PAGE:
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World Bank Launches Plan to Encourage Geothermal in Developing Countries

Geothermal energy is abundant, cheap (to extract), clean, and there is enough to theoretically provide for the world’s energy needs. Unfortunately the set up costs, and exploratory tests are incredibly expensive, and this has proved a major hurdle in the development of geothermal energy, especially in poorer countries; many of which actually have great potential.

The World Bank has launched the Global Geothermal Development Plan to try and expand geothermal power in poorer countries. The aim is to provide $500 million to be used to identify potential geothermal hotspots and encourage additional financing for exploratory drilling. The World Bank estimates that testing the viability of sites can cost $15 million to $25 million; which is a big ask, especially as there is always the risk that the site may have no potential.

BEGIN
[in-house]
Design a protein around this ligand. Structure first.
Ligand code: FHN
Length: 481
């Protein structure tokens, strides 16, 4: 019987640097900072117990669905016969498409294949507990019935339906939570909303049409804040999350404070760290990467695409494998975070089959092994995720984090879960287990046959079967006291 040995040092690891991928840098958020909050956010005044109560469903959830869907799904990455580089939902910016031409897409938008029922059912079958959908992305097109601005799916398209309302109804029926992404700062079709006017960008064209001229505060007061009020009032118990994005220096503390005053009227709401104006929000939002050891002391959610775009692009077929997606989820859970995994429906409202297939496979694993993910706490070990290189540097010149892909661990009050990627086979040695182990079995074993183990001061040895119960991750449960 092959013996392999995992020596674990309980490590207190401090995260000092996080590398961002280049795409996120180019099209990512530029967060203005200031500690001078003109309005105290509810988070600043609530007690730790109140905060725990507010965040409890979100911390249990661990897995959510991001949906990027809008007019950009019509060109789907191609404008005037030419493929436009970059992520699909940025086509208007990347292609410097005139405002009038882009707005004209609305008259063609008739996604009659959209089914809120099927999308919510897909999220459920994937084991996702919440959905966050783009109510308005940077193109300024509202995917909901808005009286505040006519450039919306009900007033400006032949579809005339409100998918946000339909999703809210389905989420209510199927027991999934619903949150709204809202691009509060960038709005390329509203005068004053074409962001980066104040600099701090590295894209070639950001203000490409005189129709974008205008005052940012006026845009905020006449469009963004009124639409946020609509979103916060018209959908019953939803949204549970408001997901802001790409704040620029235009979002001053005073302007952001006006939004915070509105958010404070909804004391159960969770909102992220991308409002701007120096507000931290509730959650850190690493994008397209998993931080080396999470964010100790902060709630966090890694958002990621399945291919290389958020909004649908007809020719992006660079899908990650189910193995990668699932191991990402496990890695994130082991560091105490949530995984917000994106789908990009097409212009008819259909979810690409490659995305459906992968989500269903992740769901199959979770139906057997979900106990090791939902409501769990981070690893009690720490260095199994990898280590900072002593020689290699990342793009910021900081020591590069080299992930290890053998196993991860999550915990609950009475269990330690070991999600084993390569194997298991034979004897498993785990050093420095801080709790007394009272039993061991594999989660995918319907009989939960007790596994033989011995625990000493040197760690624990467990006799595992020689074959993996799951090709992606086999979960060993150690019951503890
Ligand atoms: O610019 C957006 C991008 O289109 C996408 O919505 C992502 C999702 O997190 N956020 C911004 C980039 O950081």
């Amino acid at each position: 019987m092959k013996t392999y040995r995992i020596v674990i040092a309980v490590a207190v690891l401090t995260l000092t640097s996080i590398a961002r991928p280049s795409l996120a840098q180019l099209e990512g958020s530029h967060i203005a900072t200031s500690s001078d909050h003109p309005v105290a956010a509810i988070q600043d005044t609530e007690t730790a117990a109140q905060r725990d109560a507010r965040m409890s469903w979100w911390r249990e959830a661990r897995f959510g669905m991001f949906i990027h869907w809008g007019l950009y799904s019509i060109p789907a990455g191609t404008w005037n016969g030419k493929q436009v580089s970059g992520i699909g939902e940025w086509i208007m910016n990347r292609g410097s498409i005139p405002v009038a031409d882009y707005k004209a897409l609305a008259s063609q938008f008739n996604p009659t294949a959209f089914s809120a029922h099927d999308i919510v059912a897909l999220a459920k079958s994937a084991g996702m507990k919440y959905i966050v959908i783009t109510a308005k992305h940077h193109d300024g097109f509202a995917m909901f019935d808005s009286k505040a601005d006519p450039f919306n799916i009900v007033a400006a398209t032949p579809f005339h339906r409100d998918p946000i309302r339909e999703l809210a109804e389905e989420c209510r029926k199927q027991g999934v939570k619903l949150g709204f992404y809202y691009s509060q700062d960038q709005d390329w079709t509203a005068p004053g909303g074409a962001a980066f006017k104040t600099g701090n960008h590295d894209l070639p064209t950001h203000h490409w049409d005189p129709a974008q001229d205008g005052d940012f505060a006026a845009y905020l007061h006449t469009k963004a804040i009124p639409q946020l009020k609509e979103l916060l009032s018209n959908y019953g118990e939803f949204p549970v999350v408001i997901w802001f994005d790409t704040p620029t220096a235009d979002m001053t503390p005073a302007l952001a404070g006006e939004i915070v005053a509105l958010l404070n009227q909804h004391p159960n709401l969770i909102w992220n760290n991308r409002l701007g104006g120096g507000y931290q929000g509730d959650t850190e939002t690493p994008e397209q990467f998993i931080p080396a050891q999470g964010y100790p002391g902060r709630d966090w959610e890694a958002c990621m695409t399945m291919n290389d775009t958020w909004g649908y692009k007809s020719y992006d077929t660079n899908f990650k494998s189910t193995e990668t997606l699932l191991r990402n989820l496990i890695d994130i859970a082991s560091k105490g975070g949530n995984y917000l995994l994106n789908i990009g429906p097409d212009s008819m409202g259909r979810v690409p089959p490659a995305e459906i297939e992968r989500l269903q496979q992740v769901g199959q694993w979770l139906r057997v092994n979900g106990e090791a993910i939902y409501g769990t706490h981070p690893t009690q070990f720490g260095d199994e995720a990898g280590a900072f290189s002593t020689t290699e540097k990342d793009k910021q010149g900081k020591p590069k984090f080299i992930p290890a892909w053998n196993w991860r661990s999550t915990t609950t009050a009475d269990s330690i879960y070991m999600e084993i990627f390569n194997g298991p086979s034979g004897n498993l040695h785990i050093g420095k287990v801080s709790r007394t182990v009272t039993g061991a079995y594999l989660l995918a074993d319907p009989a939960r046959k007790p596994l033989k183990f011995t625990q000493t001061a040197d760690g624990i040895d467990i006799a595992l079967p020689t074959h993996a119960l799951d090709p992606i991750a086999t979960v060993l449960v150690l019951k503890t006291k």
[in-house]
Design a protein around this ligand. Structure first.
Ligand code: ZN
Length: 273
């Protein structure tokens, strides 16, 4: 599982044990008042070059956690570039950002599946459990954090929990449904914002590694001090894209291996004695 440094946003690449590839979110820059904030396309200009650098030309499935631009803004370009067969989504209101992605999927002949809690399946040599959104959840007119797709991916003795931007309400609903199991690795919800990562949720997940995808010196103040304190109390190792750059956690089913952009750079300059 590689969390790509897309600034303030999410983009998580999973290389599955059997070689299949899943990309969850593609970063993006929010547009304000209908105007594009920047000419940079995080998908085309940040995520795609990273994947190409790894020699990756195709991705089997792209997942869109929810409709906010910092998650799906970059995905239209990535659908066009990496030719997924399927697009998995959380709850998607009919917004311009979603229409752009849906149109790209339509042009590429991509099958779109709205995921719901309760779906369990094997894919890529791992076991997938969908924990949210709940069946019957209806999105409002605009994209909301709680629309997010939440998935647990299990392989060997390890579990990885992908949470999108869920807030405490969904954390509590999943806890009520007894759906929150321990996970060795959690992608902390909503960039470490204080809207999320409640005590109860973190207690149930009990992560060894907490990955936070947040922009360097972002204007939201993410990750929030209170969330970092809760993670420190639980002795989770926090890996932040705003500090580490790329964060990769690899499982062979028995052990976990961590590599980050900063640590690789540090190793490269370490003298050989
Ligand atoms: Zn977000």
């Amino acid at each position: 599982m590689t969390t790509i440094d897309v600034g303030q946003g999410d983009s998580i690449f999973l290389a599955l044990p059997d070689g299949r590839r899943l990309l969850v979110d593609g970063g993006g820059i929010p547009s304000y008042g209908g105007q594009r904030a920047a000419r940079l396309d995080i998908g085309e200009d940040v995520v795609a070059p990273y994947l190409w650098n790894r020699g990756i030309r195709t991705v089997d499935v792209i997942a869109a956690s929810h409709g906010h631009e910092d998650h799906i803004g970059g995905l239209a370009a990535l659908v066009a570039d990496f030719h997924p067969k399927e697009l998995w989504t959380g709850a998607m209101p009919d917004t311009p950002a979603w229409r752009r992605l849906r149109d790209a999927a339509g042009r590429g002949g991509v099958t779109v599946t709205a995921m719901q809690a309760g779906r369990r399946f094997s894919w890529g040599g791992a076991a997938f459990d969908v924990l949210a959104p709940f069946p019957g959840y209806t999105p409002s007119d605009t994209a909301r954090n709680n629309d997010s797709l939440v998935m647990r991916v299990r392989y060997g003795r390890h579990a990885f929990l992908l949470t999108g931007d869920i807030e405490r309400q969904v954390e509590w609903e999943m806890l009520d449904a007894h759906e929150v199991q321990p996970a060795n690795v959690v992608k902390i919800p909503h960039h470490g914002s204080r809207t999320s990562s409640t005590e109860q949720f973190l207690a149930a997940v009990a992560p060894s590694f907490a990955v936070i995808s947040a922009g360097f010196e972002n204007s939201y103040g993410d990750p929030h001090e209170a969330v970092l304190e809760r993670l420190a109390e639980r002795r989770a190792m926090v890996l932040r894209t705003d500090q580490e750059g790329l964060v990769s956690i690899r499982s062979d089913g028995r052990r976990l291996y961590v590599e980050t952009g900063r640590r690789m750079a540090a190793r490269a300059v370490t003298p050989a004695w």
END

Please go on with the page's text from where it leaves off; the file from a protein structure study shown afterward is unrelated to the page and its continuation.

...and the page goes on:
Related article: Will Japan Embrace Geothermal Power to Move Away from Nuclear?

The WB believes that geothermal energy could play a significant role in providing the electricity needs of many developing countries in East Africa, Southeast Asia, and Central America.

Sri Mulyani Indrawati, the Managing Director of the World Bank, said that “geothermal energy could be a triple win for developing countries: clean, reliable, locally-produced power. And once it is up and running, it is cheap and virtually endless.”

“Only a global effort will put geothermal energy in its rightful place – as a primary energy source for many developing countries. Only a global effort will pool resources to spread the risk effectively. It will let us learn from each other, from our failures and successes, and apply that learning,” he said.

By. Joao Peixe of Oilprice.com



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